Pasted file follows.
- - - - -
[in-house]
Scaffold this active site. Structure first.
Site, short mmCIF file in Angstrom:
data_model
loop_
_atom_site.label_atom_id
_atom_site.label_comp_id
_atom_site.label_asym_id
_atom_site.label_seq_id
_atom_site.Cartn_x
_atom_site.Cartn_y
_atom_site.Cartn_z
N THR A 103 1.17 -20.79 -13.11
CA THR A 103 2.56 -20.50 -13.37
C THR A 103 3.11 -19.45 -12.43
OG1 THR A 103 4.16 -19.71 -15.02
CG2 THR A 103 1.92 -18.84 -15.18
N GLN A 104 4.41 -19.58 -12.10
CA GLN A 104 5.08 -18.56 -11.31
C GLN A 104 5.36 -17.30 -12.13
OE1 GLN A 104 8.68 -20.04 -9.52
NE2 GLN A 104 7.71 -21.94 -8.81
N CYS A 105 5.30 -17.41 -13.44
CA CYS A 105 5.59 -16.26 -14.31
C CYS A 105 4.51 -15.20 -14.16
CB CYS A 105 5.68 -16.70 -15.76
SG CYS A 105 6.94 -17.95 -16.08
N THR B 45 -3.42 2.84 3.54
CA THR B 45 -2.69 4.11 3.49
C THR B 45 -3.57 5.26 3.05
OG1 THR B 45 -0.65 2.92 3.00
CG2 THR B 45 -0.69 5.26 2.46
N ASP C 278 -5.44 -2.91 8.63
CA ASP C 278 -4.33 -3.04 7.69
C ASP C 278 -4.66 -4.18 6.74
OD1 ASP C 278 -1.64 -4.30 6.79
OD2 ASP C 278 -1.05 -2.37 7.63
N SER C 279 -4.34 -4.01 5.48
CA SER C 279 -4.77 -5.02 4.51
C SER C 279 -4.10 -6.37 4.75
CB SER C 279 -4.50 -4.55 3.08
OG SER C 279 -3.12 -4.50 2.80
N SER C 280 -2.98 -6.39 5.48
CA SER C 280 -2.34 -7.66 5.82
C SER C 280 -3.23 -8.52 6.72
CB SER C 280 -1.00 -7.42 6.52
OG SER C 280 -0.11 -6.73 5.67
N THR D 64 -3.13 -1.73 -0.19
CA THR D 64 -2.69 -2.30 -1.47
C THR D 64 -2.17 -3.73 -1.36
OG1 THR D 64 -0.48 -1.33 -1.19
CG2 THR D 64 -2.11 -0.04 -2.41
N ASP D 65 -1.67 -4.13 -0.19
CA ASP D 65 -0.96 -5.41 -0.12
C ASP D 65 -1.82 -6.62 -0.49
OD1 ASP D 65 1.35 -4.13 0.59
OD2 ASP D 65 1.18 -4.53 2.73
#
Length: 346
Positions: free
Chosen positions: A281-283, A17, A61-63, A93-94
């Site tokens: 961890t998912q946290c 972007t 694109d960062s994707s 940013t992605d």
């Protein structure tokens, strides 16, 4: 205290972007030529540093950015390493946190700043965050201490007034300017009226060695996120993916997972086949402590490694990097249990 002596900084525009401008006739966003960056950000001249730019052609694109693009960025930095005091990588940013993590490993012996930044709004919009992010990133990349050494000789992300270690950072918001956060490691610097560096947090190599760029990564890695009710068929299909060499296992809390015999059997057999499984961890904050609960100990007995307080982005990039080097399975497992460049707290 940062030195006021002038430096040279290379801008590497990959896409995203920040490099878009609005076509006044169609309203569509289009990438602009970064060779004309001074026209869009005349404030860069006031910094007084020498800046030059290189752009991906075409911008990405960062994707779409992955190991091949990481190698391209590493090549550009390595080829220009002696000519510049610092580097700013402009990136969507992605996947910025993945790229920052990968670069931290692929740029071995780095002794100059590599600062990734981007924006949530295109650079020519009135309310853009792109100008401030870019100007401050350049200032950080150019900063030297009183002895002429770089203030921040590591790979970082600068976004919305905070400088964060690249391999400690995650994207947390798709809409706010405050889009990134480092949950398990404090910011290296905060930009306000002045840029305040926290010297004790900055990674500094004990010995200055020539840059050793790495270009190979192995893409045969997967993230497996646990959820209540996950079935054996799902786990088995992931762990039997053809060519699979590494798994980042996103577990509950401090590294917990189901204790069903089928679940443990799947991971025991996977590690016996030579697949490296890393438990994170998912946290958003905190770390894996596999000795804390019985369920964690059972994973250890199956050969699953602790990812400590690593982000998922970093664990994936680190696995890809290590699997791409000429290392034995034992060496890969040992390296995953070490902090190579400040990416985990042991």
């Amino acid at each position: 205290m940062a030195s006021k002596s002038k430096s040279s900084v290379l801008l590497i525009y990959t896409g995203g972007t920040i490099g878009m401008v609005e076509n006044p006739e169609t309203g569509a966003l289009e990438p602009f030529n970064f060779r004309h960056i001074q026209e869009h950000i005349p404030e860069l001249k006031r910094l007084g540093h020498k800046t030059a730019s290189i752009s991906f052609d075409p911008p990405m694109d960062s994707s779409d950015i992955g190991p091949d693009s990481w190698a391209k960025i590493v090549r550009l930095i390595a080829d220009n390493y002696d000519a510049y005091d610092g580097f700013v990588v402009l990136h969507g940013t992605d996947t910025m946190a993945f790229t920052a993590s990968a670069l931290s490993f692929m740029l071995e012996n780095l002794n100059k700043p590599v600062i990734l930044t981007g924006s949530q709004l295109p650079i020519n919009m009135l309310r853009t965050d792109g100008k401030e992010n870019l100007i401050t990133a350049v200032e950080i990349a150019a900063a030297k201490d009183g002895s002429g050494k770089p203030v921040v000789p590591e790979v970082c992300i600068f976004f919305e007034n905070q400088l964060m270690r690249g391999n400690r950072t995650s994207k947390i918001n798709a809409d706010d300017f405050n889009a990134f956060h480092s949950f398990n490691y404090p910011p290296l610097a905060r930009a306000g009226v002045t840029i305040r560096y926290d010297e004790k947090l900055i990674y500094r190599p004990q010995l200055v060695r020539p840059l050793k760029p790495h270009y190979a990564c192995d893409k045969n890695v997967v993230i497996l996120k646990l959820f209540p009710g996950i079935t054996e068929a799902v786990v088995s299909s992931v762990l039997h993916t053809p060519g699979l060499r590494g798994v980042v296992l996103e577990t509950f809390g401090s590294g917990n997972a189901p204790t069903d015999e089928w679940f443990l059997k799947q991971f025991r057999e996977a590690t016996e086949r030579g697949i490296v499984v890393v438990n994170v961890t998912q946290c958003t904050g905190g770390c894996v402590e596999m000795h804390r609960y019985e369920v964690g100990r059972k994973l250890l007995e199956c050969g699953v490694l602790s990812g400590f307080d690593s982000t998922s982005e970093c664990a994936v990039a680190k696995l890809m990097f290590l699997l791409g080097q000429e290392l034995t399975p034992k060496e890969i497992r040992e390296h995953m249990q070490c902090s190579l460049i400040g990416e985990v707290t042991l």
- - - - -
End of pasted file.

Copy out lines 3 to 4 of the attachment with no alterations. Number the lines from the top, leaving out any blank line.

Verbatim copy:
Site, short mmCIF file in Angstrom:
data_model